The German philosopher Arthur Schopenhauer once compared the human race to a pack of porcupines on a chilly winter's night. The colder it gets, he said, the more we huddle. But if we move too close to one another, we stick each other with quills. Nowhere is this balancing act more acute than in our neighborhoods. How close do Americans really want to be with the folks next door - best buddies or just casual acquaintances?
The answer depends on who you ask. In an exclusive survey for American Demographics by research firm Market Facts, 45 percent of adults say their ideal neighborhood is a tight-knit place where people organize block parties and look out for each other's kids. Another 40 percent desire a community where people say hello now and then, but mostly keep to themselves. A full 13 percent prefer that their closest neighbor live five miles down the road. Boomer households crave privacy even more: 22 percent of 35-to-44-year-olds wish several acres separated them from their nearest neighbor.
Middle-aged boomers may not like nosy people peeking over their fence, but they lean on them for help. In the past six months, one out of three Americans aged 45 to 54 asked a neighbor to collect their mail or newspaper while they were away. Nationally, 24 percent of adults had a neighbor pick up their mail and 15 percent had someone accept a delivery from them. Fourteen percent called on a neighbor to care for their pet when they were out of town. Wealthy households don't hesitate to ask a favor - four out of ten households making $75,000 or more have asked a neighbor to hold their mail while they were traveling.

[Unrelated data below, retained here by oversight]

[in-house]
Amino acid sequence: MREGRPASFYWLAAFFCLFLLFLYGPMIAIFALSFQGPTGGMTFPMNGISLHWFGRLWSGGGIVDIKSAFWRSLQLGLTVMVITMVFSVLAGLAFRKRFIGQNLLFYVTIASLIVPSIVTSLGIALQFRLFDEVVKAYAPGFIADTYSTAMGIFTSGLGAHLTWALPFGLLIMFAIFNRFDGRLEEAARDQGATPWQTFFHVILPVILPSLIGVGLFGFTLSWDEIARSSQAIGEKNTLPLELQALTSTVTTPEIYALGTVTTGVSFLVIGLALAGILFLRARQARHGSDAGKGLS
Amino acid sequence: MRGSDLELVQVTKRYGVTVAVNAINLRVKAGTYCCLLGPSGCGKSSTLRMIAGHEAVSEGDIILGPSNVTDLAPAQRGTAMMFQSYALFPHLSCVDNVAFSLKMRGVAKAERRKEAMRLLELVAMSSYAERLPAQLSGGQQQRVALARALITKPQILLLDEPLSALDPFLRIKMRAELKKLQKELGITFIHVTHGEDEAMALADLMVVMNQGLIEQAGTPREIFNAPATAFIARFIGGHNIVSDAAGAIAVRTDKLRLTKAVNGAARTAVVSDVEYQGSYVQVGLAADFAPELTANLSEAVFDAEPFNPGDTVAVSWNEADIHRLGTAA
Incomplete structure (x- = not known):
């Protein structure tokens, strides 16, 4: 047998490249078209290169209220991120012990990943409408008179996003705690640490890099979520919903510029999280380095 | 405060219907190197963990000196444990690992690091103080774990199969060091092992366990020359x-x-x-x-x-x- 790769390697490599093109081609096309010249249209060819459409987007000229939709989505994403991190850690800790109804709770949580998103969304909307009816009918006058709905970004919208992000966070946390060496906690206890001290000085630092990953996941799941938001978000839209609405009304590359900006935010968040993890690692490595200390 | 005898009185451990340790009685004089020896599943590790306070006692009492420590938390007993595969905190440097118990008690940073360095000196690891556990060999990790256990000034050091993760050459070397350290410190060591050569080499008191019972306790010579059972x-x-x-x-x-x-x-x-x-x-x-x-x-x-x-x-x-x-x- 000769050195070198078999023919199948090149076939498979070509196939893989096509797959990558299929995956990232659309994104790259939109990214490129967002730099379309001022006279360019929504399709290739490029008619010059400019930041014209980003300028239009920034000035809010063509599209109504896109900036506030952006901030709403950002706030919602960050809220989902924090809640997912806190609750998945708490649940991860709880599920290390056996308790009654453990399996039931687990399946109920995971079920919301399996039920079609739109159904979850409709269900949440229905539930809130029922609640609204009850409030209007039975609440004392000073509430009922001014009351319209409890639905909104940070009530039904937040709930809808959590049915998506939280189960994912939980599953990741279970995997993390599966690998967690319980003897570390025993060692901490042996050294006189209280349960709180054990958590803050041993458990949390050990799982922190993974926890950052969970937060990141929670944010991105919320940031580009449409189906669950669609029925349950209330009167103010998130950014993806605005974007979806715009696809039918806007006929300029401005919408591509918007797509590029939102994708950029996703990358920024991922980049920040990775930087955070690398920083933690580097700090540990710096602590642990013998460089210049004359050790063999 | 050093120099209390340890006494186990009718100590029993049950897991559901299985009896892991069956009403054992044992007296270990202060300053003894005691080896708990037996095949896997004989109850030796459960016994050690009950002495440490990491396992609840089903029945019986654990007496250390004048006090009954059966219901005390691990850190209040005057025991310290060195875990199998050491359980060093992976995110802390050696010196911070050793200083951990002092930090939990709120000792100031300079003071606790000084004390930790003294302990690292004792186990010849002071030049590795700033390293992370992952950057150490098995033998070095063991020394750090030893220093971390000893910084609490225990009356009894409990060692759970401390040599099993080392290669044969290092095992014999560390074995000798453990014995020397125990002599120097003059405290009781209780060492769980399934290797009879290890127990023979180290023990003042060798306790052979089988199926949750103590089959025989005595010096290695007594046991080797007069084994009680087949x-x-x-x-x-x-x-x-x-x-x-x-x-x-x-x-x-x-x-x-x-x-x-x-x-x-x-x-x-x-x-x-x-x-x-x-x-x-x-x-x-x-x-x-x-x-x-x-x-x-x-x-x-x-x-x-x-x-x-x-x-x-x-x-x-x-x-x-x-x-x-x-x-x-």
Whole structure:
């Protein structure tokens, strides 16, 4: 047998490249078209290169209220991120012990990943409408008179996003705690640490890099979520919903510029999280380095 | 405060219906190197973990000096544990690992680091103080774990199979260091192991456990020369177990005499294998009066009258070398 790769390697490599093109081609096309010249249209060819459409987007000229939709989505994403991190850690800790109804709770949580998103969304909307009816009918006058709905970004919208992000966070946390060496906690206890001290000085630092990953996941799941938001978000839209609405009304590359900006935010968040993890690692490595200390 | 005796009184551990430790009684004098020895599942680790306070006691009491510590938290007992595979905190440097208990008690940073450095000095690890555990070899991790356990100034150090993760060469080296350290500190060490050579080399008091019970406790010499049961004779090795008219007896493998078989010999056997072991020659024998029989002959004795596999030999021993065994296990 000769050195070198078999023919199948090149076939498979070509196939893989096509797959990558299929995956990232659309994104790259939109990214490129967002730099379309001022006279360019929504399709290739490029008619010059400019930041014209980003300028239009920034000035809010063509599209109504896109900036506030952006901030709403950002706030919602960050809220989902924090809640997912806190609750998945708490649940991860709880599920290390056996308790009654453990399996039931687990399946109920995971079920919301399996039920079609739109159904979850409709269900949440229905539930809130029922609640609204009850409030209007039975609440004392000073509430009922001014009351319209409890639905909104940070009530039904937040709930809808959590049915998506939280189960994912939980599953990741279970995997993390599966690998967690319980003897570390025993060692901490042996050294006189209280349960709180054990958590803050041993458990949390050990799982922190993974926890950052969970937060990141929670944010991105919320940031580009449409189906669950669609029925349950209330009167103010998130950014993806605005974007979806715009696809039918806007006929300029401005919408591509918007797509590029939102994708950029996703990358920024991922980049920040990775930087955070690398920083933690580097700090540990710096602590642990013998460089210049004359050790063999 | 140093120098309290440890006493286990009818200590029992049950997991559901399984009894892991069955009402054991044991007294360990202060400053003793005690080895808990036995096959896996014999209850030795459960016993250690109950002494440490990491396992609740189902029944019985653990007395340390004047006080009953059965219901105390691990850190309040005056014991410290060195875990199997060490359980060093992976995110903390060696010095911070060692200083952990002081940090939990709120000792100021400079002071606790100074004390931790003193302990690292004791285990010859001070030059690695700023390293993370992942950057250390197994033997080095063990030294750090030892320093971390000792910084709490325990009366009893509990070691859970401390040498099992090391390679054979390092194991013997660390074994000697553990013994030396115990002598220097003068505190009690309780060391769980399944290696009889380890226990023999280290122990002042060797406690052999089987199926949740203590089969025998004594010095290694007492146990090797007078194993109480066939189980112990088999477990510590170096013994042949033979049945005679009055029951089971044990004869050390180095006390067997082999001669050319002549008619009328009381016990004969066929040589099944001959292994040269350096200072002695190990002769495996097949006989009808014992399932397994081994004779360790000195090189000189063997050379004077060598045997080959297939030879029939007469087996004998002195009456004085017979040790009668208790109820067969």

In general, though, most Americans (61 percent) don't turn to their neighbors for assistance. Young adults aged 18 to 24 are even less inclined to ask a favor of the lady next door - 72 percent have not requested any help in the past six months. Maybe that's because 29 percent of them don't know who their neighbors are, 13 percentage points greater than the national average. Overall, 64 percent of those polled say they visited with their neighbors last week, 12 percent in the past month. Who's most likely to chat up the Smiths at least once a week? Midwesterners (70 percent), retirees (76 percent), 55-to-64-year-olds (78 percent), and people who ask their neighbors for help (85 percent).
If Americans could change one aspect of their neighborhood, one out of five would add more parks and open spaces, 19 percent would spruce up the area's overall appearance, and another 19 percent would like more community activities. Seven percent of those polled would welcome more diversity to their area. The leading edge of echo boomers (adults aged 18 to 24) are more likely to favor neighborhood activities than older generations (31 percent versus 16 percent among 45 to 54 year olds).
"The pendulum is swinging back the other way," says Ray Oldenburg, a professor of sociology at the University of West Florida and author of The Great Good Place, a book that examines the importance of gathering places in communities. "In the 1950s and 1960s, status was the thing in real estate. Then in the 1970s and 1980s, security was the thing. We favored protection from our community instead of connection to it. Our house was a retreat from society. Now, the major theme in real-estate marketing is community."
But how much of that sense of community is real, and how much is fabricated to attract new people to the area? Oldenburg witnessed this first-hand on a trip to Celebration, Florida, the small town developed by the Walt Disney Company. He dropped by the town's diner for breakfast one morning and was told that breakfast ended at ten o'clock. "It was three minutes after ten and they wouldn't serve me," he says. "That so-called friendly diner was as fake as the town hall across the street."